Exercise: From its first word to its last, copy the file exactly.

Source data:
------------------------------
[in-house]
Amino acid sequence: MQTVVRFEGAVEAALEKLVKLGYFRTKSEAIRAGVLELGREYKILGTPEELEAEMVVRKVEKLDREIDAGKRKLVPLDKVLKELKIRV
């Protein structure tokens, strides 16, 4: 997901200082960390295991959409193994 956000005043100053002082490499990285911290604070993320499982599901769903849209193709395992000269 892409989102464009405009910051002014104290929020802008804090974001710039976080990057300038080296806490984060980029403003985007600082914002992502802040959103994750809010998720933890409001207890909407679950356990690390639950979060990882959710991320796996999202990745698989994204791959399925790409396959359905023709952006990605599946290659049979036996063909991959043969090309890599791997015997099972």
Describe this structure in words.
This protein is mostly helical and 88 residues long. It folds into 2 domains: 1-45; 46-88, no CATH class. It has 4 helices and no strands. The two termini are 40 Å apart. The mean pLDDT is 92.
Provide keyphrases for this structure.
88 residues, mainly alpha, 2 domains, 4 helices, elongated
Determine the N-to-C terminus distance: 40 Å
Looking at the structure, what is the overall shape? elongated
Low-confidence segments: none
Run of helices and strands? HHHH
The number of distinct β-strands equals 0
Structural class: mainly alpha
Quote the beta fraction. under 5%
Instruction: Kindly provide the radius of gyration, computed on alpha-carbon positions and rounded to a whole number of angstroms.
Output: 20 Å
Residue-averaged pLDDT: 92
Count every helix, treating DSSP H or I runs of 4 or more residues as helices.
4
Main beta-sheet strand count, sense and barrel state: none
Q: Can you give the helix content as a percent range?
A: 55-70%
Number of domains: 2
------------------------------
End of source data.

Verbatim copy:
[in-house]
Amino acid sequence: MQTVVRFEGAVEAALEKLVKLGYFRTKSEAIRAGVLELGREYKILGTPEELEAEMVVRKVEKLDREIDAGKRKLVPLDKVLKELKIRV
């Protein structure tokens, strides 16, 4: 997901200082960390295991959409193994 956000005043100053002082490499990285911290604070993320499982599901769903849209193709395992000269 892409989102464009405009910051002014104290929020802008804090974001710039976080990057300038080296806490984060980029403003985007600082914002992502802040959103994750809010998720933890409001207890909407679950356990690390639950979060990882959710991320796996999202990745698989994204791959399925790409396959359905023709952006990605599946290659049979036996063909991959043969090309890599791997015997099972």
Describe this structure in words.
This protein is mostly helical and 88 residues long. It folds into 2 domains: 1-45; 46-88, no CATH class. It has 4 helices and no strands. The two termini are 40 Å apart. The mean pLDDT is 92.
Provide keyphrases for this structure.
88 residues, mainly alpha, 2 domains, 4 helices, elongated
Determine the N-to-C terminus distance: 40 Å
Looking at the structure, what is the overall shape? elongated
Low-confidence segments: none
Run of helices and strands? HHHH
The number of distinct β-strands equals 0
Structural class: mainly alpha
Quote the beta fraction. under 5%
Instruction: Kindly provide the radius of gyration, computed on alpha-carbon positions and rounded to a whole number of angstroms.
Output: 20 Å
Residue-averaged pLDDT: 92
Count every helix, treating DSSP H or I runs of 4 or more residues as helices.
4
Main beta-sheet strand count, sense and barrel state: none
Q: Can you give the helix content as a percent range?
A: 55-70%
Number of domains: 2